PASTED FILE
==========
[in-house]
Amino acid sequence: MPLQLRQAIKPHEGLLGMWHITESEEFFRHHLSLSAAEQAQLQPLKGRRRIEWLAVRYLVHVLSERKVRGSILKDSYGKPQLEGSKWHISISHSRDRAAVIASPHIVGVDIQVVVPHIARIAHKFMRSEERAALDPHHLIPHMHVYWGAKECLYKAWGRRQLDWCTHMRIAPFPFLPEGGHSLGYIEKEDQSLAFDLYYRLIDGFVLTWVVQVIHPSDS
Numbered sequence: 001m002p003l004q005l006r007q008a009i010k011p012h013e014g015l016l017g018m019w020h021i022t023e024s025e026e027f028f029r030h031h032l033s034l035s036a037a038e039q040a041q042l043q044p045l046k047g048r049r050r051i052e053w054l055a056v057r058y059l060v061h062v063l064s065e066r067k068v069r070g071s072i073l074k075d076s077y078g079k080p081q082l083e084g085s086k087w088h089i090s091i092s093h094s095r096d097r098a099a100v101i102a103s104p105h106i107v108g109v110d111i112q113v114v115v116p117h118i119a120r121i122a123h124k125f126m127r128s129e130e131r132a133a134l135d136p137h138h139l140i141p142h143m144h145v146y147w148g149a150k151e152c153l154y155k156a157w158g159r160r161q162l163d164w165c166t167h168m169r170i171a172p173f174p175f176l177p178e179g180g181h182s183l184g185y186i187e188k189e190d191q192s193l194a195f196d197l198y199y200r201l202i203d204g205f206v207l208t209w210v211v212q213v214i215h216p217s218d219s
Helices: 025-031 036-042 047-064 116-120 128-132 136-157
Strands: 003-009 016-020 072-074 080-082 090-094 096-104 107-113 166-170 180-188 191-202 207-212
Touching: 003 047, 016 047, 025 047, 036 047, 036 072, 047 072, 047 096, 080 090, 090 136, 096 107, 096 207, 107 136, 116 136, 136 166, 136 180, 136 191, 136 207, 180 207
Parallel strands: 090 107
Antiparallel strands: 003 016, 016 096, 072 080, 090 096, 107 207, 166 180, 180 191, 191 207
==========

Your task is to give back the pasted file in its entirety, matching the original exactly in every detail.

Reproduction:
[in-house]
Amino acid sequence: MPLQLRQAIKPHEGLLGMWHITESEEFFRHHLSLSAAEQAQLQPLKGRRRIEWLAVRYLVHVLSERKVRGSILKDSYGKPQLEGSKWHISISHSRDRAAVIASPHIVGVDIQVVVPHIARIAHKFMRSEERAALDPHHLIPHMHVYWGAKECLYKAWGRRQLDWCTHMRIAPFPFLPEGGHSLGYIEKEDQSLAFDLYYRLIDGFVLTWVVQVIHPSDS
Numbered sequence: 001m002p003l004q005l006r007q008a009i010k011p012h013e014g015l016l017g018m019w020h021i022t023e024s025e026e027f028f029r030h031h032l033s034l035s036a037a038e039q040a041q042l043q044p045l046k047g048r049r050r051i052e053w054l055a056v057r058y059l060v061h062v063l064s065e066r067k068v069r070g071s072i073l074k075d076s077y078g079k080p081q082l083e084g085s086k087w088h089i090s091i092s093h094s095r096d097r098a099a100v101i102a103s104p105h106i107v108g109v110d111i112q113v114v115v116p117h118i119a120r121i122a123h124k125f126m127r128s129e130e131r132a133a134l135d136p137h138h139l140i141p142h143m144h145v146y147w148g149a150k151e152c153l154y155k156a157w158g159r160r161q162l163d164w165c166t167h168m169r170i171a172p173f174p175f176l177p178e179g180g181h182s183l184g185y186i187e188k189e190d191q192s193l194a195f196d197l198y199y200r201l202i203d204g205f206v207l208t209w210v211v212q213v214i215h216p217s218d219s
Helices: 025-031 036-042 047-064 116-120 128-132 136-157
Strands: 003-009 016-020 072-074 080-082 090-094 096-104 107-113 166-170 180-188 191-202 207-212
Touching: 003 047, 016 047, 025 047, 036 047, 036 072, 047 072, 047 096, 080 090, 090 136, 096 107, 096 207, 107 136, 116 136, 136 166, 136 180, 136 191, 136 207, 180 207
Parallel strands: 090 107
Antiparallel strands: 003 016, 016 096, 072 080, 090 096, 107 207, 166 180, 180 191, 191 207